ORLANDO — Inside a dark and smoky Daytona Beach bar this week, bartender Trish Mackie commiserated with a customer about the sorry state of the economy and political leadership.
"But I'm still voting for Barack Obama,'' she said. "Just like Bill Clinton said at the convention, it'll take at least eight years to fix the mess Obama inherited."
Doug Tyler, who had just said he couldn't stomach either Obama or Mitt Romney, nodded his head: "Well, having heard Clinton speak — and I never liked the guy when he was president — it does make me think twice about Obama. He did get (Osama) bin Laden, and I do give him some credit for coming into this economy and at least keeping us somewhat stable."
Such is the elevated status of Clinton, who after years of well-documented tension with Obama, now looks like one of the most potent forces in Obama's re-election campaign.
"I'm telling you what works is cooperation. What fails is constant conflict," Clinton told a crowd of 2,000 in Orlando Wednesday night, ridiculing the GOP suggestion that they can shrink the deficit by cutting trillions of dollars in taxes, largely for wealthy Americans.
It's no accident that if you turn on your TV in the Interstate 4 corridor lately you're more likely to see Clinton talking up Obama than any other Obama campaign ad.
Nor is it any accident that after the Democratic National Convention, the Obama campaign promptly dispatched Clinton to campaign in Florida and Ohio.
Clinton has broad appeal, but he connects with working class white voters in a way that polls show Obama does not. Given the former president's record leading the country during a period of strong economic growth and balanced budgets, he also is a potent surrogate among voters who may be skeptical about Obama's record.
"I honestly believe it doesn't matter who caused it or whether the contributing factors all happened under President (George W.) Bush or something I did or something Ronald Reagan did 30 years ago. Regardless, President Obama didn't cause it," Clinton, 66, said of the economic meltdown, speaking at the Rosen Plaza Hotel in Orlando.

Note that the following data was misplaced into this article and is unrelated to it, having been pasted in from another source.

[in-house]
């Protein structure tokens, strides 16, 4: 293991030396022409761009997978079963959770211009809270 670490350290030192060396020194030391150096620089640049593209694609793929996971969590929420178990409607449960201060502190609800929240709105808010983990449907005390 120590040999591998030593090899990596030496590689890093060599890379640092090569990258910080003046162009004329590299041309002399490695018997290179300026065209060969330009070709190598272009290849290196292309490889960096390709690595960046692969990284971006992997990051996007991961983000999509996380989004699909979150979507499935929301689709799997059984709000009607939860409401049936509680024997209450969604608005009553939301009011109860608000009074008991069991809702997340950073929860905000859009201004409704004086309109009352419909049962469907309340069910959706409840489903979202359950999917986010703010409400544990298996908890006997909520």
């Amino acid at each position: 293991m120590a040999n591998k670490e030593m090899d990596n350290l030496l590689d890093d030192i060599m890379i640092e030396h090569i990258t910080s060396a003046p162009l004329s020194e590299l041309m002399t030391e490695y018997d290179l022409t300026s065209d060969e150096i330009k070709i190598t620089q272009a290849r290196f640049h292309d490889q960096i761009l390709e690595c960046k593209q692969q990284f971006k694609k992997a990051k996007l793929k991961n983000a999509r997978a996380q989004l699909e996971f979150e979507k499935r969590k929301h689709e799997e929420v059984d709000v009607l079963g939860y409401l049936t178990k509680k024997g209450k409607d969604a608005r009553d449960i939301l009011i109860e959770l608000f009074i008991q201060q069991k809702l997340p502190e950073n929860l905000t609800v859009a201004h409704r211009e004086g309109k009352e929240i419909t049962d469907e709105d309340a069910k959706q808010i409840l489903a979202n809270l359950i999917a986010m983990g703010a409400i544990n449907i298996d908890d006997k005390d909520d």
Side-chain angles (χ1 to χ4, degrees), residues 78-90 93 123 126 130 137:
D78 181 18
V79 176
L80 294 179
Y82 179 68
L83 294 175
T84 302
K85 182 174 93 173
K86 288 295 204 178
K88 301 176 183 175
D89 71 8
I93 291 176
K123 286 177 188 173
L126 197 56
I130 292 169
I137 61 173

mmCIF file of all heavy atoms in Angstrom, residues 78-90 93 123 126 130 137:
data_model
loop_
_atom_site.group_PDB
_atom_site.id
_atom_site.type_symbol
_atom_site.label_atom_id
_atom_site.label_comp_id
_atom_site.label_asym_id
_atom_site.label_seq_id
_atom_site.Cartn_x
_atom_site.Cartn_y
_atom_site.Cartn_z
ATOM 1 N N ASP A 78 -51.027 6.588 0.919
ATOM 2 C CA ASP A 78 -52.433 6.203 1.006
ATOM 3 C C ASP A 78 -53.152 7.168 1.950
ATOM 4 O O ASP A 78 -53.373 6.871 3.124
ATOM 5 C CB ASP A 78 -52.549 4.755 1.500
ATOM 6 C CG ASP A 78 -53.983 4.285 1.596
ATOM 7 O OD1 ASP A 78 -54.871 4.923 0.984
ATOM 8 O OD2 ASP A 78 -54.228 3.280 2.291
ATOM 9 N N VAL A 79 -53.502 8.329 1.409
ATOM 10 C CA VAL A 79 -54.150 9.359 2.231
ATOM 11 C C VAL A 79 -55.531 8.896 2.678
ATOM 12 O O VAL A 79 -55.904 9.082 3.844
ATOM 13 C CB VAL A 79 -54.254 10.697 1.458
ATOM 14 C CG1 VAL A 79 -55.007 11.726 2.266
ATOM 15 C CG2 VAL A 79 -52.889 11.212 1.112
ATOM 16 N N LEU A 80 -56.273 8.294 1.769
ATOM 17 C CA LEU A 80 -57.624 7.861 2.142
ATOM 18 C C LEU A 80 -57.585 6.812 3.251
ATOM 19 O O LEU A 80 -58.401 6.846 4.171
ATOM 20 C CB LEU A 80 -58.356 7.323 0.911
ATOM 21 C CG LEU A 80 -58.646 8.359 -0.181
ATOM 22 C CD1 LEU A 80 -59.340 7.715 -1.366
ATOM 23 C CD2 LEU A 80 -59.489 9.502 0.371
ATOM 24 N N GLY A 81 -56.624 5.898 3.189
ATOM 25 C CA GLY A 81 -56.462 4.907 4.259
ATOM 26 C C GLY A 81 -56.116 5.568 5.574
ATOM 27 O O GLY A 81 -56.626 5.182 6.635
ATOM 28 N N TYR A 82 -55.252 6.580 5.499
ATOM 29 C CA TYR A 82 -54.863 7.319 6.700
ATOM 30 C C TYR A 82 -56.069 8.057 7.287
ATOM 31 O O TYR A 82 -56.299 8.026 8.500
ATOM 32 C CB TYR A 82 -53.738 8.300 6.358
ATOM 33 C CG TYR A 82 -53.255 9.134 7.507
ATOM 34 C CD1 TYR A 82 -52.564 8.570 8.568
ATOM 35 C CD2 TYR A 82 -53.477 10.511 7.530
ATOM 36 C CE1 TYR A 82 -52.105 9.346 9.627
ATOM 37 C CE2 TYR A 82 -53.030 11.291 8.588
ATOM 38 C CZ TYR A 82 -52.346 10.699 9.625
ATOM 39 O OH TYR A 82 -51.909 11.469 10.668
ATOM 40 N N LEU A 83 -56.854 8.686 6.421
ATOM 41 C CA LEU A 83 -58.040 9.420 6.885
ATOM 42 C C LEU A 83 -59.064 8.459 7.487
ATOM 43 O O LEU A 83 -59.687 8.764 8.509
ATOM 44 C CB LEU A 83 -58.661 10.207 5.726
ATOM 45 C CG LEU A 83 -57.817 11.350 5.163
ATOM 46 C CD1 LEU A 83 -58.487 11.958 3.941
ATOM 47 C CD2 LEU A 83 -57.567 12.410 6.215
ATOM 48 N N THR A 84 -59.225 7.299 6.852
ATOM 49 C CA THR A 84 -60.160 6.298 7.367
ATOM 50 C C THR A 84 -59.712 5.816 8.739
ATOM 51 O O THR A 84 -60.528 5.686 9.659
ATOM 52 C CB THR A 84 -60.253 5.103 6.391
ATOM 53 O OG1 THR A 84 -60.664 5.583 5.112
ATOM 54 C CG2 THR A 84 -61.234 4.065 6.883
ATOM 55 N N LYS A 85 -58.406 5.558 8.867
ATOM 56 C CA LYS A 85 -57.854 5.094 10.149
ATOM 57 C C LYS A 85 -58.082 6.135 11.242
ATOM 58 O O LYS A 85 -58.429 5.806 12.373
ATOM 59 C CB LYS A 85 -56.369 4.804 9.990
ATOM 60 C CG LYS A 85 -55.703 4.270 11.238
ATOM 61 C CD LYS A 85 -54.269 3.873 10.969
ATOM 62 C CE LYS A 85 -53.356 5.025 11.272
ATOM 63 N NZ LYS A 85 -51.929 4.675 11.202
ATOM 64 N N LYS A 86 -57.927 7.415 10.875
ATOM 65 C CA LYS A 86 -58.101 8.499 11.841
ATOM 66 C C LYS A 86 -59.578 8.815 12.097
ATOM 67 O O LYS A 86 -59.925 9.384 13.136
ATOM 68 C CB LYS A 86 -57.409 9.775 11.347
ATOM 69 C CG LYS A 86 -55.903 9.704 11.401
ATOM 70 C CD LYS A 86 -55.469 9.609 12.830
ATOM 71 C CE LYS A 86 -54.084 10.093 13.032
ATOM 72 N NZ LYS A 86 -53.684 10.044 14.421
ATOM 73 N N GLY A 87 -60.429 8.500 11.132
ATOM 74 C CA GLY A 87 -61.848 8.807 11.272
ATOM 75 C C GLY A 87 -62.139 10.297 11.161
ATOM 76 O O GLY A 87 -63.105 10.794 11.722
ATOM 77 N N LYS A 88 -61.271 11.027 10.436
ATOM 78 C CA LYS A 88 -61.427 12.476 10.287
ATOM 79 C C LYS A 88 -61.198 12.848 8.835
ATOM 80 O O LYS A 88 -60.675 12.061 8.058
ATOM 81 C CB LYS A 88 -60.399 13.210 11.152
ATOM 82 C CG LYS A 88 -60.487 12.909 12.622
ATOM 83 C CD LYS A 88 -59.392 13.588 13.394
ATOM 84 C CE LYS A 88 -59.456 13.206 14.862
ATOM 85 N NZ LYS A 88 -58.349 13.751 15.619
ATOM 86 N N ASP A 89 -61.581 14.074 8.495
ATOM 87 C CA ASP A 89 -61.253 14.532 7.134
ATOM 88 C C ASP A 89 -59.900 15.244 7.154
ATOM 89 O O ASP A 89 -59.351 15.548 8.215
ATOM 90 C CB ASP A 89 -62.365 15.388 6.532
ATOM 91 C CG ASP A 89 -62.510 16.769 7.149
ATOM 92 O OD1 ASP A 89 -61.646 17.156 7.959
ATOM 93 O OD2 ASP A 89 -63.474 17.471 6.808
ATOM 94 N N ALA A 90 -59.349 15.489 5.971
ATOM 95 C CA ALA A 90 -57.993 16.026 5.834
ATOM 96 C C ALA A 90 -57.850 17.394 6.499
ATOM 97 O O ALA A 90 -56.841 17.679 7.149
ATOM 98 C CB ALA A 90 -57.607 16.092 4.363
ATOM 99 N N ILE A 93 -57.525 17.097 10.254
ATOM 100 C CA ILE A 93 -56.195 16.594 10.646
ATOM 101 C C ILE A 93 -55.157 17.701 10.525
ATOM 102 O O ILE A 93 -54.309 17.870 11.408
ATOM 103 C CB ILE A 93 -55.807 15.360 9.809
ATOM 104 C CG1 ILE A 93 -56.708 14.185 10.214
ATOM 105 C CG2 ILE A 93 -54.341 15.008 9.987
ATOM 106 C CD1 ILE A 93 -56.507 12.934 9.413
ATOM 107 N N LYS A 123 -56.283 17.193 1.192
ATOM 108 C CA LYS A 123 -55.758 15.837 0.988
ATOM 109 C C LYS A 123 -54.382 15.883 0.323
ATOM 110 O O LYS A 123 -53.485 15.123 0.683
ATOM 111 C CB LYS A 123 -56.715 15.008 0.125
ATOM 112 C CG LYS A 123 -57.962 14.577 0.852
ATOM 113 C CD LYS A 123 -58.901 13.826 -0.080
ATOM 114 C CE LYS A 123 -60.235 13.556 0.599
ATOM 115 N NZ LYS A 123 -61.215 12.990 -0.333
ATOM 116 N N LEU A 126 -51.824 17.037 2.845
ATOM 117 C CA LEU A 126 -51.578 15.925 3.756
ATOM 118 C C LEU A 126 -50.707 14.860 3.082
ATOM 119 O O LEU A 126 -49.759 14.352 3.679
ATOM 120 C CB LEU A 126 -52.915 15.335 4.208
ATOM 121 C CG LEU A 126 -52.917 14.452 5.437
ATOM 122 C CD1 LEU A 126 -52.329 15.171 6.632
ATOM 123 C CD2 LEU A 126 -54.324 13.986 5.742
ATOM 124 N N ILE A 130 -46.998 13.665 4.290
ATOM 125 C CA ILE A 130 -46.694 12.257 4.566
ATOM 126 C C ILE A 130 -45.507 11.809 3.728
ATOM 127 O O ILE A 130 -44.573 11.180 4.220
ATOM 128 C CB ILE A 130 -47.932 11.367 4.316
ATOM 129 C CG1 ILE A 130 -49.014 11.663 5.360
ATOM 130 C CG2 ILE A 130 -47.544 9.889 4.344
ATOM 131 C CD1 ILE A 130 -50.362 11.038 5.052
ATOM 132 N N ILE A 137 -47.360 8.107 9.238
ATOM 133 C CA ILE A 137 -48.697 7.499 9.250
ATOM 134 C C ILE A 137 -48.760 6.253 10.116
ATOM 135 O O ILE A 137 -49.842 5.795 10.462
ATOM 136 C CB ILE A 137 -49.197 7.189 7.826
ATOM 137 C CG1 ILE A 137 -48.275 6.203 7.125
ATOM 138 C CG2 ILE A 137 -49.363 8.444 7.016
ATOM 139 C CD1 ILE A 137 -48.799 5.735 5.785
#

"As someone who, beginning when I was governor in 1979, has spent a lifetime trying to create jobs and help people start businesses and expand manufacturing and create opportunity for people to train and educate them to seize those opportunities, it is my opinion that no president, not Barack Obama, not Bill Clinton not anybody who served before us — nobody who ever had this job — could repair that much damage to this economy," he said.
Clinton conspicuously steered clear of any mention of the attacks on American diplomats in Libya and Egypt. But just as he did during his well-received convention speech, he played homespun professor in ridiculing the Republican's vague budget and tax plans and wholeheartedly defending Obama's health care reform law, and its impact on entitlements.
The former president seized on Republican attacks that Obama slashed the popular Medicare Advantage program.
"Now that is a bullet aimed right at Florida, because you have 1.2 million in Medicare Advantage," Clinton said, explaining that the cuts involved reduced payments and profit margins for private Medicare Advantage providers.
"They said nobody will want to offer it," Clinton said of critics. "Last year, after the bill passed? Record number of insurance companies applied to offer Medicare Advantage. Last year after the bill passed? Seventeen percent more people enrolled in Medicare Advantage. And last year after the bill passed the premium price for being there dropped 16 percent."
He continued: "I just want you to remember that if you see all these ads. All these changes, and we've got more companies, more people, and lower prices. So if the president was trying to wreck Medicare Advantage he did a poor job of it."
On his two-day swing through Florida, Clinton also took time to attend fundraisers for South Florida congressional candidates Lois Frankel and Patrick Murphy (Republican-turned-independent former Gov. Charlie Crist joined Clinton there) and for Central Florida Democratic congressional candidates Val Demings and Heather Beaven.
At times, he sounded more like a Central Florida mayor than the last two-term Democratic president. He spoke of the local candidates like longtime friends, and he hailed the more than 100 computer simulation companies that have popped up in Orlando.
"Florida is the future, today. You have lots of young people with great diversity and enormous promise, and too much poverty. You have a ton of old folks, just like all of America is going to have when us baby boomers retire," Clinton said. "Then you've got these folks in the middle, trying to build an entrepreneurial future."
Adam C. Smith can be reached at firstname.lastname@example.org.